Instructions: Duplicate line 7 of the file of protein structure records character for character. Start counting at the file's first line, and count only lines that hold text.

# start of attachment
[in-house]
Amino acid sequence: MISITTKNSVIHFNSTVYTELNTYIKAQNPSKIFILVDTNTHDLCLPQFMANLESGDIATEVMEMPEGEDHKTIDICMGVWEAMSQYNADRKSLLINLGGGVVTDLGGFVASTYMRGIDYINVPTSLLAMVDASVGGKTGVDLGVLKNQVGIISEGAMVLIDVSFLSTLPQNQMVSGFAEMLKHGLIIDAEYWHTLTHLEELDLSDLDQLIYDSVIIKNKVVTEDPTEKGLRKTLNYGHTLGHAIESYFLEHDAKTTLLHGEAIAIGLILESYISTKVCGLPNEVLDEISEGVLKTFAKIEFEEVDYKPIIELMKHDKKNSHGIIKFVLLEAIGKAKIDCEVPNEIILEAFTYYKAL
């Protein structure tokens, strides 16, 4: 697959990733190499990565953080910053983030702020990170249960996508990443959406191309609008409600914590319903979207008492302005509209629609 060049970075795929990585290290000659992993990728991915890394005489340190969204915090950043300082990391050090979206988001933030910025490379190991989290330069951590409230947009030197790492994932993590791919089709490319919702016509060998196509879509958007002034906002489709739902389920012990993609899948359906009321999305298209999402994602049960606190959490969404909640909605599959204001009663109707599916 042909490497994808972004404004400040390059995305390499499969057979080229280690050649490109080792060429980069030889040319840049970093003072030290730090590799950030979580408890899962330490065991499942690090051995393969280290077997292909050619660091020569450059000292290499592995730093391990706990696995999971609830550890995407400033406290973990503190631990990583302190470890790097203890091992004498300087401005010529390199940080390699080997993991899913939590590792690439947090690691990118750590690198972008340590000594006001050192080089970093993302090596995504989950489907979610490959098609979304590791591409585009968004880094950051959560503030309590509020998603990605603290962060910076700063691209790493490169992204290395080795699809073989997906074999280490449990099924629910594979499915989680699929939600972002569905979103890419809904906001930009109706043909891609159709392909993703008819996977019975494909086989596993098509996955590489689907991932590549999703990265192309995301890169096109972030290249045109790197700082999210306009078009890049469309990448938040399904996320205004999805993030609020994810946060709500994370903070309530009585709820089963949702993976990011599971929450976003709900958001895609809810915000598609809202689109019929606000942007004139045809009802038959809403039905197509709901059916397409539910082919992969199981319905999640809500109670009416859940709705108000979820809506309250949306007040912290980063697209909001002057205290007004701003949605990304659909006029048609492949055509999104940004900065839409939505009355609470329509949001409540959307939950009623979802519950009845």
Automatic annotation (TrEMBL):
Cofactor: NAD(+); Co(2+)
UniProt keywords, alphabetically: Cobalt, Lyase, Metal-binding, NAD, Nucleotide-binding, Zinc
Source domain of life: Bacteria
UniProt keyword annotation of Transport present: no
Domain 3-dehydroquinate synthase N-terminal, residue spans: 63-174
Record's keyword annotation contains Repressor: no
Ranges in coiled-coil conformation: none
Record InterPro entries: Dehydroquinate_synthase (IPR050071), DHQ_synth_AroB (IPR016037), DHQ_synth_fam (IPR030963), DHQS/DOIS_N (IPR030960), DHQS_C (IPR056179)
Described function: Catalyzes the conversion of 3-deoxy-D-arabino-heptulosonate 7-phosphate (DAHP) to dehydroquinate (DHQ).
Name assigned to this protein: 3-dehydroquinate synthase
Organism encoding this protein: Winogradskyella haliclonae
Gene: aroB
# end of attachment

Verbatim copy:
Source domain of life: Bacteria